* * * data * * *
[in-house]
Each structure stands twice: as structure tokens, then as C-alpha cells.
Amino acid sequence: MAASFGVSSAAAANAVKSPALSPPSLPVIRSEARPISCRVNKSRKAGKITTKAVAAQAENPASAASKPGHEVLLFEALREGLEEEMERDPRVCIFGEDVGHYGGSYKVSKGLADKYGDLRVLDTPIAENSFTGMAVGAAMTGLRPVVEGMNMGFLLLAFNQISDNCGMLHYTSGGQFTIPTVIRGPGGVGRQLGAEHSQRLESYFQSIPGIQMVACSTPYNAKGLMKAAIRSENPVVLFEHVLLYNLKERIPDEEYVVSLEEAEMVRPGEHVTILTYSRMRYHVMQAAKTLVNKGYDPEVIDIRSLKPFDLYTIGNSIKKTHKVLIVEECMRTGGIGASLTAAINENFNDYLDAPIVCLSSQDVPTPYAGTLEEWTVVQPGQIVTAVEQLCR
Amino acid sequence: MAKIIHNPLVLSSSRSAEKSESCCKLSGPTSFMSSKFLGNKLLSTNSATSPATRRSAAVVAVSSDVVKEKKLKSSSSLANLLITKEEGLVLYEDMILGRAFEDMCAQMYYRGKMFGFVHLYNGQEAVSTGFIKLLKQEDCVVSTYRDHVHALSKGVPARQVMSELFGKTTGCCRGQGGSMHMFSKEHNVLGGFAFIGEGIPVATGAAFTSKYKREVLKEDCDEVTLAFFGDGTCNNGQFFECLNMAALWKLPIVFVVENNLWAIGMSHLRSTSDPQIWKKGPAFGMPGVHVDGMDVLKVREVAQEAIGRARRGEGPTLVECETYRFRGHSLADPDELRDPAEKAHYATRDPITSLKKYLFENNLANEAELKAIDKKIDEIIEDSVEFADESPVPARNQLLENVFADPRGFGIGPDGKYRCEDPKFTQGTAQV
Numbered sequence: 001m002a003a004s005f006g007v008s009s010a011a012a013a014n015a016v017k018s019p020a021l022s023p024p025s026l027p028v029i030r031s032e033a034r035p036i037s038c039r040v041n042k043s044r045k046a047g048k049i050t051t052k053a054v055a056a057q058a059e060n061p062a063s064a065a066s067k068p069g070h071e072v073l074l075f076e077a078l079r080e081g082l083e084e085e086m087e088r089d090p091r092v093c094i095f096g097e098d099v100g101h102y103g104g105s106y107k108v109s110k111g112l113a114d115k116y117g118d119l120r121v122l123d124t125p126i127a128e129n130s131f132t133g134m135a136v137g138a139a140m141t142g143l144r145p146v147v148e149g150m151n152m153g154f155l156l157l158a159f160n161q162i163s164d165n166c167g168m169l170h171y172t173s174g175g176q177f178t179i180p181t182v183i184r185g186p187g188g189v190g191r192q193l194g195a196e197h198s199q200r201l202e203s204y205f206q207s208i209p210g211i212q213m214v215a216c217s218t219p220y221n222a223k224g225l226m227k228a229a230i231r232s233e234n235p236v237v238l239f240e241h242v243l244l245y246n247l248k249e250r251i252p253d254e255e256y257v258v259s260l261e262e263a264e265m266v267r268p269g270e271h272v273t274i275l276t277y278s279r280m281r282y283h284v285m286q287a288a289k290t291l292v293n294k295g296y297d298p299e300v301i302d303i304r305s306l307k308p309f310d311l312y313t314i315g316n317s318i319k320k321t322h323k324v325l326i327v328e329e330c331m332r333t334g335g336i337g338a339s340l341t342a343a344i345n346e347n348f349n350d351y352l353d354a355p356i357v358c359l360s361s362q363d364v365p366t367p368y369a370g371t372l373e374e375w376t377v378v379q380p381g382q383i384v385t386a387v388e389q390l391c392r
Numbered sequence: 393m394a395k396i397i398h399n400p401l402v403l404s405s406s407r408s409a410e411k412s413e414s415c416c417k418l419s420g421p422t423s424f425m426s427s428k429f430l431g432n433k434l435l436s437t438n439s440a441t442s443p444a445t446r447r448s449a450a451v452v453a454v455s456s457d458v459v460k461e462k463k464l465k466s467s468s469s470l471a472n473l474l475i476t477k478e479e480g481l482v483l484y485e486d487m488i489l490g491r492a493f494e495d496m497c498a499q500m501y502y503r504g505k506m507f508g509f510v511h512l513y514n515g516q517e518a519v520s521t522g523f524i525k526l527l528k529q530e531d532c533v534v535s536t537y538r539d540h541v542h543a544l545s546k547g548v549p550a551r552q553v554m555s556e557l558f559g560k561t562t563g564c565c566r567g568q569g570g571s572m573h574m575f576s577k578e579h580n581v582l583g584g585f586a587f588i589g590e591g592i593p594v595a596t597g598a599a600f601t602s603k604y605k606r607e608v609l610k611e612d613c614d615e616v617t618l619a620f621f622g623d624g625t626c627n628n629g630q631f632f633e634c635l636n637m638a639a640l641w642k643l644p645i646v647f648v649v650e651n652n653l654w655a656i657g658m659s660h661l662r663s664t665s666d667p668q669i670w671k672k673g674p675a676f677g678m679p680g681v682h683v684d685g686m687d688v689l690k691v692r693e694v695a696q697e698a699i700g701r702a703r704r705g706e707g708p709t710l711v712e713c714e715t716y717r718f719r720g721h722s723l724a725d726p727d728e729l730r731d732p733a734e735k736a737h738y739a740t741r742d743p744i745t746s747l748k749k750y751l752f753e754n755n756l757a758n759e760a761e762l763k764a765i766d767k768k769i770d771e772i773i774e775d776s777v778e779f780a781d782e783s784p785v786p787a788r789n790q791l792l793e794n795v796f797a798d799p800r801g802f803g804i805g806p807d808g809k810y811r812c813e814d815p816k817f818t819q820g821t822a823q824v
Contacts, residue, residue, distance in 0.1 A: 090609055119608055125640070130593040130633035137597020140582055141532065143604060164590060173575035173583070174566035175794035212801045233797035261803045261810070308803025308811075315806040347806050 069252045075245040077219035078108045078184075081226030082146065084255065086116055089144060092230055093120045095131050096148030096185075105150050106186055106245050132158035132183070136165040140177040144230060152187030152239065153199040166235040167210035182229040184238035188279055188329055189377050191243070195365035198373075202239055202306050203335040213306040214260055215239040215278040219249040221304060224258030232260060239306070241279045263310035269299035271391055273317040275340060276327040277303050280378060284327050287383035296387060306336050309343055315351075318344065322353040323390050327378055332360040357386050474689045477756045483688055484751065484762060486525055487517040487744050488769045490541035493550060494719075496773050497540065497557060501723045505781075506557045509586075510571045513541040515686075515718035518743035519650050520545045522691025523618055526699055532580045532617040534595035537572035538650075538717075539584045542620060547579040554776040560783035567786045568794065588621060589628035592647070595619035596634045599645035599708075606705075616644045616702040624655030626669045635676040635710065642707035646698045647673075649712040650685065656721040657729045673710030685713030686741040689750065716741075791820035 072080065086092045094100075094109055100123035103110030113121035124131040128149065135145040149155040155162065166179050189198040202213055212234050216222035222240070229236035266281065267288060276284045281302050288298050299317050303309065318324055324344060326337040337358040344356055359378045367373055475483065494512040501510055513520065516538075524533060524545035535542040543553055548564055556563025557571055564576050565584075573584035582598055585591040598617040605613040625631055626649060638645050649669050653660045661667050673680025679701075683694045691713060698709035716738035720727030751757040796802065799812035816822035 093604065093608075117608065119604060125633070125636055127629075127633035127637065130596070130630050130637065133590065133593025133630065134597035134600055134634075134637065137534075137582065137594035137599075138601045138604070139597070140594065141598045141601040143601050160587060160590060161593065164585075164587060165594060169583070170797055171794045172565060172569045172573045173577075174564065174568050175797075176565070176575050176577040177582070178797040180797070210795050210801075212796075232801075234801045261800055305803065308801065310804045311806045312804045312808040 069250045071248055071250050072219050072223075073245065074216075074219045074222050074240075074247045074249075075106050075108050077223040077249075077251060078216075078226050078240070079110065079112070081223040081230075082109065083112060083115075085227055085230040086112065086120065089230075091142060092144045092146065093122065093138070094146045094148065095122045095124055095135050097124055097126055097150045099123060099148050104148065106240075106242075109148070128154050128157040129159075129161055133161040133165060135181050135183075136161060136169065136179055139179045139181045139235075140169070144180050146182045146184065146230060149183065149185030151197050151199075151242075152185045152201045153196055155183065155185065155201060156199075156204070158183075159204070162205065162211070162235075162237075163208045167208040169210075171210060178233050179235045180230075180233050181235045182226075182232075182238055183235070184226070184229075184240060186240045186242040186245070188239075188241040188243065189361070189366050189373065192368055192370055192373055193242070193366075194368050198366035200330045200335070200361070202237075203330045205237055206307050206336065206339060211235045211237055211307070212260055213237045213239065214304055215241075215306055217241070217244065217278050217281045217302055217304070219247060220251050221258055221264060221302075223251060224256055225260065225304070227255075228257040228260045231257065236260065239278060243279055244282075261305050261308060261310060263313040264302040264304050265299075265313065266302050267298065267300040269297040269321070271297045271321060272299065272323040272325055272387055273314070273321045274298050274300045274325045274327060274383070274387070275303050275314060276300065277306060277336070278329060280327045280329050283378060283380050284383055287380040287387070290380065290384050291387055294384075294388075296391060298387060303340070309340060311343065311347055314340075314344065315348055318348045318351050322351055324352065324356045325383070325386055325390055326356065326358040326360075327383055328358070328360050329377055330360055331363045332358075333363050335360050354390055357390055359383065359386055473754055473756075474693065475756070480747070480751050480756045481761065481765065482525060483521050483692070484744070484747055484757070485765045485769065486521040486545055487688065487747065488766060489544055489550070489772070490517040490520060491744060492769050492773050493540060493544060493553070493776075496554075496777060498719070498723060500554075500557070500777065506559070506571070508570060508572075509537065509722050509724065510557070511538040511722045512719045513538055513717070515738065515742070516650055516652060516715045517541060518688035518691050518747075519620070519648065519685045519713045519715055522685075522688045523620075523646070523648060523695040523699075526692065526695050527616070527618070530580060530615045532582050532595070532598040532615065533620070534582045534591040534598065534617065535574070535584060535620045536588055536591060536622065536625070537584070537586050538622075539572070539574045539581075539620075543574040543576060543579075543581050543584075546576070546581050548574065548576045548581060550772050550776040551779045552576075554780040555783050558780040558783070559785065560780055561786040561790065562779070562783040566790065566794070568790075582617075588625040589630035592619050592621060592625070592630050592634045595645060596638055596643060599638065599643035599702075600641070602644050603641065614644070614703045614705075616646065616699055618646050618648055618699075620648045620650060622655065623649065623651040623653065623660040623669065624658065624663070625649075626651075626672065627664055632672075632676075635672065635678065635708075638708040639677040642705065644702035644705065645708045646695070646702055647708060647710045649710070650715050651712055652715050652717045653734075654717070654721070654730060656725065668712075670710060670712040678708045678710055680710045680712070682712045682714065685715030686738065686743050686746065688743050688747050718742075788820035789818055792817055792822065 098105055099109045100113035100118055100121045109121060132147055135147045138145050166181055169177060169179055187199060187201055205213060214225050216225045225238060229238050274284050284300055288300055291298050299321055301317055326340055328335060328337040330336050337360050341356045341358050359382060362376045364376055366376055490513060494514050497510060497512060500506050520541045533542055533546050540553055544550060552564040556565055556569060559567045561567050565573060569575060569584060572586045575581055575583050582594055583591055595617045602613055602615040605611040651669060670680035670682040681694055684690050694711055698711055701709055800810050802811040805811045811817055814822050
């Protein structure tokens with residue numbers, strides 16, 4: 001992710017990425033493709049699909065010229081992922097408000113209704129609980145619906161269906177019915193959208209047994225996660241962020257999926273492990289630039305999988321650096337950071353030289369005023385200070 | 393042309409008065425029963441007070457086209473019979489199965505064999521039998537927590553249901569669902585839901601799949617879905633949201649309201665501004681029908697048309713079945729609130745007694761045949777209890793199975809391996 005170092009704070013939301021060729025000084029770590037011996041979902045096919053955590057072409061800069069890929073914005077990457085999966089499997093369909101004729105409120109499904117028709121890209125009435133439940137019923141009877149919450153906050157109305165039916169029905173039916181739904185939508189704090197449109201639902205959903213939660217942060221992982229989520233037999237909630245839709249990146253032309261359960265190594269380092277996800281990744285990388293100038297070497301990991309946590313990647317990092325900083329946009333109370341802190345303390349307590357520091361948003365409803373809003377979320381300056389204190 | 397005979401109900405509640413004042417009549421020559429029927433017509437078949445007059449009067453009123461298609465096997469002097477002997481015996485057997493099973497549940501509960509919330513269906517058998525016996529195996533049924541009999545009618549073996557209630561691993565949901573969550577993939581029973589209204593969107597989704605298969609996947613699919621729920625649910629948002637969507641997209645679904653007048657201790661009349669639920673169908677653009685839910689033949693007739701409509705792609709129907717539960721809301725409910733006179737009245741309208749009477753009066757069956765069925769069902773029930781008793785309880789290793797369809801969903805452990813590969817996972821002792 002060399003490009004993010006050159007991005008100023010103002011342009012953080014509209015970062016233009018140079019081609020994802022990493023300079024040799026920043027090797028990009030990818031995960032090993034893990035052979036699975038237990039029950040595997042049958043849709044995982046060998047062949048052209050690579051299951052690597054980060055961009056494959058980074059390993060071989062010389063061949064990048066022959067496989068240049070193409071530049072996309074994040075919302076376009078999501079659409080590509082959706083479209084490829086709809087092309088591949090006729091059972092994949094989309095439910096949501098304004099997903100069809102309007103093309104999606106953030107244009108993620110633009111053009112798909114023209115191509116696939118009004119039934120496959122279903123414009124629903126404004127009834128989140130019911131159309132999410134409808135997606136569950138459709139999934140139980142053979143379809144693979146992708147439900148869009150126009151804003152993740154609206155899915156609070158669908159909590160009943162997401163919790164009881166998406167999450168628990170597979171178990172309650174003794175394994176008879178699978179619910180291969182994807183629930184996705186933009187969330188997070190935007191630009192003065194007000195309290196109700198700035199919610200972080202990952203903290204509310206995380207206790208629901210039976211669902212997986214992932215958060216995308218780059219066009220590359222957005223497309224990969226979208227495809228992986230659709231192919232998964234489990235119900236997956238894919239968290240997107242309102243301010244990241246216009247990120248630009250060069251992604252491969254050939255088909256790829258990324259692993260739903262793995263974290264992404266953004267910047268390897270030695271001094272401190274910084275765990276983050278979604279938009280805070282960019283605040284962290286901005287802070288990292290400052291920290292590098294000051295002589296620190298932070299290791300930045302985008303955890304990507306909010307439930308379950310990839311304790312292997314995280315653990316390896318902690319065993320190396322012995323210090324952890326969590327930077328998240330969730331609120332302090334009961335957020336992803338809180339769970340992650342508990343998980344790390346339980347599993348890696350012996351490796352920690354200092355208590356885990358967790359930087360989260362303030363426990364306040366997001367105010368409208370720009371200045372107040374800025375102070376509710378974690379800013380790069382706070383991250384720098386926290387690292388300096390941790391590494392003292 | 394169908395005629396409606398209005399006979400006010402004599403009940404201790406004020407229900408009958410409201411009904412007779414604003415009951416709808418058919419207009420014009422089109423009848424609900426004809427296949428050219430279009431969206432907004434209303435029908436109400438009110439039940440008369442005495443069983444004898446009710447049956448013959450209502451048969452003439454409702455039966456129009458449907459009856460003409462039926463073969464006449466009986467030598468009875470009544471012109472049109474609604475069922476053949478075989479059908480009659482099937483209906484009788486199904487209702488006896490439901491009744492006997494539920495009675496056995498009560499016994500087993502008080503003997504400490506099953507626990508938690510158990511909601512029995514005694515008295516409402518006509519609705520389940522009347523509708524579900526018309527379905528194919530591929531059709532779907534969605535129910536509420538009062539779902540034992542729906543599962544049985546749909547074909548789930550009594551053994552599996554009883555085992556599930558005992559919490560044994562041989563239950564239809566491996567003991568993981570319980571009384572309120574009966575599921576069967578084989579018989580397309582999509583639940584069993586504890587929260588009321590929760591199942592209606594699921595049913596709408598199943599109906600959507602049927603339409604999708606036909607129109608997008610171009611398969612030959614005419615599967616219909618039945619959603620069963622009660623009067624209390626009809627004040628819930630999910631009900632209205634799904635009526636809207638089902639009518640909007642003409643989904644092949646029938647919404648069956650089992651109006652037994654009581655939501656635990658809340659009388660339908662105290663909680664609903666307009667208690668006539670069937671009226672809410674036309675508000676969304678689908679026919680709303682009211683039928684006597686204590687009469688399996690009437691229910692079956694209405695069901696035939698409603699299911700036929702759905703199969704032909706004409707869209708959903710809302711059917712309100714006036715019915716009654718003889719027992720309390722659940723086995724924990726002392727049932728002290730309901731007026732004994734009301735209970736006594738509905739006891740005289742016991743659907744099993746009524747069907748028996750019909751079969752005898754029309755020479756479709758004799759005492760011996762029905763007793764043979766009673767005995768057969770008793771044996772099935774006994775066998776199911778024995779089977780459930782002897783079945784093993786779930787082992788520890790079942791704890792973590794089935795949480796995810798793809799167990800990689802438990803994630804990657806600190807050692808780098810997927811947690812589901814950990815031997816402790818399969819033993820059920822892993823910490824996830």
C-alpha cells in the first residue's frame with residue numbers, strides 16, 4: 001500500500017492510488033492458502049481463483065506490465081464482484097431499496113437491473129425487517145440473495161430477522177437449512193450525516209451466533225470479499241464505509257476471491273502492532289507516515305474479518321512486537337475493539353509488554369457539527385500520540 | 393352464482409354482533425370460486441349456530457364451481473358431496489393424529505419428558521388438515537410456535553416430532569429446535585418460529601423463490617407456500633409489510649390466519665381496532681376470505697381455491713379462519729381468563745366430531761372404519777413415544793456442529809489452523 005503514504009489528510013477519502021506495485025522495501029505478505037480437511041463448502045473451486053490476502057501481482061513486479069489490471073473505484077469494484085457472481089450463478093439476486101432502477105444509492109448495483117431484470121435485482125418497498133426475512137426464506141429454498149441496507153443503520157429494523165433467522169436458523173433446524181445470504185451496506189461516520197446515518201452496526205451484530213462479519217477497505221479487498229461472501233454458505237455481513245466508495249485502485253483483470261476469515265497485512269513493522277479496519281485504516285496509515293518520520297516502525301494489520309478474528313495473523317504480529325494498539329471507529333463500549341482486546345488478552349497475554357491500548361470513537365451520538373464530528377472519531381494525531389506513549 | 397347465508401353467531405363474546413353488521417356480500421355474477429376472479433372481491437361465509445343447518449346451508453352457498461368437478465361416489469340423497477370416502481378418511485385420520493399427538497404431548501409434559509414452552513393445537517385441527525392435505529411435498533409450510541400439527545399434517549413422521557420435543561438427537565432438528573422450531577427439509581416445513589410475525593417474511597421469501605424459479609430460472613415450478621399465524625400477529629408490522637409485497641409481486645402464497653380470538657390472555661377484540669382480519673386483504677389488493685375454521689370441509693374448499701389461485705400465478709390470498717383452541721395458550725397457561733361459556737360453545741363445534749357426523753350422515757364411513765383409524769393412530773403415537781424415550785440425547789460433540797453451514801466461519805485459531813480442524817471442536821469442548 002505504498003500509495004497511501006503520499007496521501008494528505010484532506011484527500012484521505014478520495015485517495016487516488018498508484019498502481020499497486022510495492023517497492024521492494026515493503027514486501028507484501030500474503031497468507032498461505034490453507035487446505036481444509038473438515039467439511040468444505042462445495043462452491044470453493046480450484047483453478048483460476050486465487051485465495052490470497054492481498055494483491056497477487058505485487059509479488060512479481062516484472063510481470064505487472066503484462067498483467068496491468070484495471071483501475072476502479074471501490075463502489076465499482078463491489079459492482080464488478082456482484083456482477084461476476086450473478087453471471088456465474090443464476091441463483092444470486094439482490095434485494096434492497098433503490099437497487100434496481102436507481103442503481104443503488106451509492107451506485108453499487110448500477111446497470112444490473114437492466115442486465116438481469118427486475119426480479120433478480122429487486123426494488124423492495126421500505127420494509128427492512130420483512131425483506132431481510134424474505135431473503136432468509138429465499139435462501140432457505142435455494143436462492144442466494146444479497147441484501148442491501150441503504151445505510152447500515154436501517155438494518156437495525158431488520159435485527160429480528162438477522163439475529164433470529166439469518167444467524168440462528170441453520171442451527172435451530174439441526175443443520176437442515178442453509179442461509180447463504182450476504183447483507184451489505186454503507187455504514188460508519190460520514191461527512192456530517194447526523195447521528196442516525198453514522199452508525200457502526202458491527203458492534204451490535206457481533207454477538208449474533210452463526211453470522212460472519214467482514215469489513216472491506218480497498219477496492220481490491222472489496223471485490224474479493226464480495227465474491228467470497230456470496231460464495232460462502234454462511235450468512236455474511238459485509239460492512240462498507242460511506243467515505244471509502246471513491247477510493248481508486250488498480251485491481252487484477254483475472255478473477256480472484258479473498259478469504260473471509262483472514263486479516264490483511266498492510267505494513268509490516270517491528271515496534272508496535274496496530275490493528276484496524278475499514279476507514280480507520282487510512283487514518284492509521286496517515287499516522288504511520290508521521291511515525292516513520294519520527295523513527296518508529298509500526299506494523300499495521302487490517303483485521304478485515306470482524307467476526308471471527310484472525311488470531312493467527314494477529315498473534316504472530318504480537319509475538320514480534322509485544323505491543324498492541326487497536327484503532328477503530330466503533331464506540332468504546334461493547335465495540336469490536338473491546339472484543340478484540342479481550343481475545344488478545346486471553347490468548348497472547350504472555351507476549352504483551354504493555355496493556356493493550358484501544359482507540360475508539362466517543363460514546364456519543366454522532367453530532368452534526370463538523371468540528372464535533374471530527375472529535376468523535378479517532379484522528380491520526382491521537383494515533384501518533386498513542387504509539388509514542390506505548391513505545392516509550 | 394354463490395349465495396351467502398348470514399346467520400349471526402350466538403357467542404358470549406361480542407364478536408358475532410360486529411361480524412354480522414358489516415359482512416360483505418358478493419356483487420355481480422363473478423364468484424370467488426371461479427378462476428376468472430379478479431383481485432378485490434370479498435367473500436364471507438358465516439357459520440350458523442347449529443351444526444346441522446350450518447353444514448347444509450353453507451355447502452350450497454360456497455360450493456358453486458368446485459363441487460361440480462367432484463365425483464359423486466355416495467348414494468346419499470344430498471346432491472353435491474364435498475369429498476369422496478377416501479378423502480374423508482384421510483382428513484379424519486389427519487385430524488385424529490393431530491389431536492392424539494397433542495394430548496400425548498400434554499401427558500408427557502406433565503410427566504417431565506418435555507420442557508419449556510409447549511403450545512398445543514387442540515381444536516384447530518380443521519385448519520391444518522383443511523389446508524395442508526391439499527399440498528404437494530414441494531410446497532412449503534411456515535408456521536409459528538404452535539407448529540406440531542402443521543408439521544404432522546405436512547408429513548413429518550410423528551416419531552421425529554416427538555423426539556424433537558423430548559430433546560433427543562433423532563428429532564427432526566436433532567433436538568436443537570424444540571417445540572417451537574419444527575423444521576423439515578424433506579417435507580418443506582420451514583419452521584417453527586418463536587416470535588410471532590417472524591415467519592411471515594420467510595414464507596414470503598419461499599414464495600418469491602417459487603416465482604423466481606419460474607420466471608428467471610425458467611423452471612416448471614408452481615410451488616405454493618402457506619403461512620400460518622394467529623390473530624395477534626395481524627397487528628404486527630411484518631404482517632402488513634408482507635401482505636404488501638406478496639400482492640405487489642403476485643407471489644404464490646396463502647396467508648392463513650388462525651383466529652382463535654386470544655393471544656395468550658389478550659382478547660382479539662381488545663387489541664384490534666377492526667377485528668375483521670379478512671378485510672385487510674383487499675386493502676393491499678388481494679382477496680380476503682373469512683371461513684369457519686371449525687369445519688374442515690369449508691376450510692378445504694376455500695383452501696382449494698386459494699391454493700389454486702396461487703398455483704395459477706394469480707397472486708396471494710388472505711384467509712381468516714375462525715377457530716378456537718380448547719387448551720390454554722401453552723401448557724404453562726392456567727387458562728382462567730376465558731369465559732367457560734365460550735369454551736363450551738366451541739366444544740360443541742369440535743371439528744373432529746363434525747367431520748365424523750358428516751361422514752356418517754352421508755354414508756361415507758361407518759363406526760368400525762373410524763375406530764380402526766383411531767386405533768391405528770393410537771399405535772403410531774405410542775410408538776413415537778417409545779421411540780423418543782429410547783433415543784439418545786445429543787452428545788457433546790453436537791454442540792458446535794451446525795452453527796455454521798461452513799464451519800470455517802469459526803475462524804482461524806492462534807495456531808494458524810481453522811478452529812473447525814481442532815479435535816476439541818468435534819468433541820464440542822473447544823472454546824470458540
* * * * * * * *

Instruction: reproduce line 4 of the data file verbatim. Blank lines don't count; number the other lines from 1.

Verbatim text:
Amino acid sequence: MAKIIHNPLVLSSSRSAEKSESCCKLSGPTSFMSSKFLGNKLLSTNSATSPATRRSAAVVAVSSDVVKEKKLKSSSSLANLLITKEEGLVLYEDMILGRAFEDMCAQMYYRGKMFGFVHLYNGQEAVSTGFIKLLKQEDCVVSTYRDHVHALSKGVPARQVMSELFGKTTGCCRGQGGSMHMFSKEHNVLGGFAFIGEGIPVATGAAFTSKYKREVLKEDCDEVTLAFFGDGTCNNGQFFECLNMAALWKLPIVFVVENNLWAIGMSHLRSTSDPQIWKKGPAFGMPGVHVDGMDVLKVREVAQEAIGRARRGEGPTLVECETYRFRGHSLADPDELRDPAEKAHYATRDPITSLKKYLFENNLANEAELKAIDKKIDEIIEDSVEFADESPVPARNQLLENVFADPRGFGIGPDGKYRCEDPKFTQGTAQV